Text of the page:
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Policies To Expand Minority Entrepreneurship: Closing Comments, Michael S. Barr Jan 2008

Policies To Expand Minority Entrepreneurship: Closing Comments, Michael S. Barr

Book Chapters

This essay is based on comments delivered at the Conference on on Entrepreneurship in Low- and Moderate-Income Communities, November 3-4, 2005. This has been a productive conversation. In my closing comments, I want to shift our focus somewhat, from entrepreneurship in low-income communities to minority entrepreneurship generally. I want to do so because many minority entrepreneurs are connected to or hire from low-income communities, and because minority entrepreneurs face critical barriers even when they attempt to create and grow firms outside of distressed communities. In this comment, I want to highlight key barriers and suggest five steps for Congress, the ...


Death And Resurrection Of Secured Credit, James J. White Jan 2004

Death And Resurrection Of Secured Credit, James J. White

Articles

The Bankruptcy Reform Act of 1978 (the Code) posed palpable threats to secured creditors. It was drafted by a commission that was at least as concerned with the rights of debtors as with the rights of creditors. It was modified and adopted by a Congress that might have been the most liberal since World War II and signed into law by President Carter at the apogee of the left's power, two years before the Reagan election that marked the rise of the right and the beginning of the left's decline. The power of the left was exerted most ...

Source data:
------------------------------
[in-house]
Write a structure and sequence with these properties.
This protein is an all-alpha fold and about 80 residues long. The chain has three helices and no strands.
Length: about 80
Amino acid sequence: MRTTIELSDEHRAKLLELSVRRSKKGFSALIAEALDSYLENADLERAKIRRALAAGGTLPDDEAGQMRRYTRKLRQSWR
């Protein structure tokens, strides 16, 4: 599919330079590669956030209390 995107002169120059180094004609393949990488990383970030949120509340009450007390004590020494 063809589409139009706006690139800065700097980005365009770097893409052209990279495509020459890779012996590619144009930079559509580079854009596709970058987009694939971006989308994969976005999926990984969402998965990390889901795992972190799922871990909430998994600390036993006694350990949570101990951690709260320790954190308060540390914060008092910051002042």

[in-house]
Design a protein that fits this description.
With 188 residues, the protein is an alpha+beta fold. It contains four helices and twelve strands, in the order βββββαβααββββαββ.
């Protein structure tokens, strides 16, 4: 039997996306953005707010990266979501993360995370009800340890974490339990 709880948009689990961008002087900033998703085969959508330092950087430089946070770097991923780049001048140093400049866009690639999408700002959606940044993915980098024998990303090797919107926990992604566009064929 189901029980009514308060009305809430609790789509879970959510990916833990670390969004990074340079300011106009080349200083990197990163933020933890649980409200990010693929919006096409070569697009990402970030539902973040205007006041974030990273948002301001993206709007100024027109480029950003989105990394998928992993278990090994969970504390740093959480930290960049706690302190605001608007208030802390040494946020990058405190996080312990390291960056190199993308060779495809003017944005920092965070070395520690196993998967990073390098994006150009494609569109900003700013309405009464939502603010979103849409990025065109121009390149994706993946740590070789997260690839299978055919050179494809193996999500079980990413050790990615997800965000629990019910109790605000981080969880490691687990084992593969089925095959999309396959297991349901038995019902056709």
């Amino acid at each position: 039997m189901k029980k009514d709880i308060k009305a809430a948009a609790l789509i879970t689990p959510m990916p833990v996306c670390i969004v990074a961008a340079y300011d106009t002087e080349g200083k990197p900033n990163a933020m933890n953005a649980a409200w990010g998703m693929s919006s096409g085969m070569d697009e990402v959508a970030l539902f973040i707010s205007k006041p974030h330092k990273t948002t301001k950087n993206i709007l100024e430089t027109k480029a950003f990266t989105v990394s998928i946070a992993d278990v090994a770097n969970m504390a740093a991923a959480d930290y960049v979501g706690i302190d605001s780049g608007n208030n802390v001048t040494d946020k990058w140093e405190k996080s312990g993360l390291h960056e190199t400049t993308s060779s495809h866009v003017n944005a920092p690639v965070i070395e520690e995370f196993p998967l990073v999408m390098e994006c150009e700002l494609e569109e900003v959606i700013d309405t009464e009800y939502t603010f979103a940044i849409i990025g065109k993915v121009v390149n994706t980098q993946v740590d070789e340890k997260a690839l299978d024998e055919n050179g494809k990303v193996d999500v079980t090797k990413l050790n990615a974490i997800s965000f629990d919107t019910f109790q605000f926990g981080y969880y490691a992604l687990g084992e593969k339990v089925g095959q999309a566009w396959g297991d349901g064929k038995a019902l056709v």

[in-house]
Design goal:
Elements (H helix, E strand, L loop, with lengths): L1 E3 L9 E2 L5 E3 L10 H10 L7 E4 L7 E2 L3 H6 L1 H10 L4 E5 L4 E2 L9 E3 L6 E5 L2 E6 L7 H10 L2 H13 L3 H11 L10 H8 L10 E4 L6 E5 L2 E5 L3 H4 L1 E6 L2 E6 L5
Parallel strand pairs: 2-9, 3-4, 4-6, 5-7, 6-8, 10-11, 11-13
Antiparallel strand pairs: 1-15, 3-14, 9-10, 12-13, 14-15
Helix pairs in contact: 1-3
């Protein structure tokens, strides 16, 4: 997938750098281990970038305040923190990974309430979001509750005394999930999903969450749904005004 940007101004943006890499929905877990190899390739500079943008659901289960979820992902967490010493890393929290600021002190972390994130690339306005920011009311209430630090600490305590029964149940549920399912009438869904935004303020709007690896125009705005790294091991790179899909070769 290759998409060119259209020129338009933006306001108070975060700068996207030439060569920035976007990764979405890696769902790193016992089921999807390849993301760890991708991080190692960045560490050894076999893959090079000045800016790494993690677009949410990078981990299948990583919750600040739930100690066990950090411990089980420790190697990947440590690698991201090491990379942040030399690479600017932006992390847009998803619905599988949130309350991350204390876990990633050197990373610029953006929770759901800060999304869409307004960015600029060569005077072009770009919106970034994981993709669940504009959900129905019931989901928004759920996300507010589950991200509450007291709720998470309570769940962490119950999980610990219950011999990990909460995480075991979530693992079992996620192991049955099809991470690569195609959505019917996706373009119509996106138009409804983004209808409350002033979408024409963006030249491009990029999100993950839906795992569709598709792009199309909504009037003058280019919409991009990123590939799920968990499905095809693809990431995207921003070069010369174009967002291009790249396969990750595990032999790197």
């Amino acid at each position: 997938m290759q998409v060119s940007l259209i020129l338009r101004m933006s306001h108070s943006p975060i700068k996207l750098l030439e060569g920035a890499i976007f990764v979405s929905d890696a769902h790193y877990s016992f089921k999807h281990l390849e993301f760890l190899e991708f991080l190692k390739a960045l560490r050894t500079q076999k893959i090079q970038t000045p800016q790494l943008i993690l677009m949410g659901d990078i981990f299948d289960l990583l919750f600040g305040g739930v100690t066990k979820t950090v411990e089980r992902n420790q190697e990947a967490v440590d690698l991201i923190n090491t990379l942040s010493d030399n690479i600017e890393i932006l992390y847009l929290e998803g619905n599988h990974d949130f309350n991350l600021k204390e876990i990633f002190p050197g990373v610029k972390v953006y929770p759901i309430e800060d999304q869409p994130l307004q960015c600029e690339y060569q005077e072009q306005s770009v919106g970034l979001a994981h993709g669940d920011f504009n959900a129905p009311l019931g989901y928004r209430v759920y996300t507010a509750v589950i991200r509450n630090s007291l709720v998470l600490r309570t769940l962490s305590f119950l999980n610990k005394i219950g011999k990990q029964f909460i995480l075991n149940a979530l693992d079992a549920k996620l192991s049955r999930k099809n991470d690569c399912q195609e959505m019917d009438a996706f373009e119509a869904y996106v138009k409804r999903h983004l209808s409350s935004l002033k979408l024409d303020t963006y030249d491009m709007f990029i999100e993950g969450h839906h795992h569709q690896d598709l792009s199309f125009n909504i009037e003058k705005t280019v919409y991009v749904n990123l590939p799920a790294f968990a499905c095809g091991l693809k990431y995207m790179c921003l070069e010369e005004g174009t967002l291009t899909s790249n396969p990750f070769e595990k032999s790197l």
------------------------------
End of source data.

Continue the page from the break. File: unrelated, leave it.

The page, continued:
The Usury Trompe L'Oeil, James J. White Jan 2000

The Usury Trompe L'Oeil, James J. White

Articles

This Article demonstrates how the interaction of a federal statute passed in 1864,1 a case decided by the Supreme Court in 1978,2 and modem technology has legally debarred every state legislature from controlling consumer interest rates in its state-but not from passing laws that appear to do so-and has politically debarred the Congress from setting federal rates to replace the state rates. As a consequence, the elaborate usury laws on the books of most states are only a trompe l'oeil, a "visual deception... rendered in extremely fine detail ... ." The presence of these finely detailed laws gives the ...


The Recent Erosion Of The Secured Creditor's Rights Through Cases, Rules And Statutory Changes In Bankruptcy Law, James J. White Jan 1983

The Recent Erosion Of The Secured Creditor's Rights Through Cases, Rules And Statutory Changes In Bankruptcy Law, James J. White

Articles

One can view the law of creditors' rights as a series of cyclesin which alternatively the rights of the creditor and then those of the debtor are in ascendancy. Looking back through Americanlegislative history, one sees both the state legislatures and the Congress intervening on behalf of debtors in a variety of ways onmany occasions. An early example of such intervention was the enactment, particularly in the Midwest and West, of generous exemption laws that removed a variety of property beyond the reach of general creditors. A second example is the enactment of usury laws, which continue to be a ...


Bank Securities Activities And The Need To Separate Trust Departments From Large Commercial Banks, Thomas J. Schoenbaum Oct 1976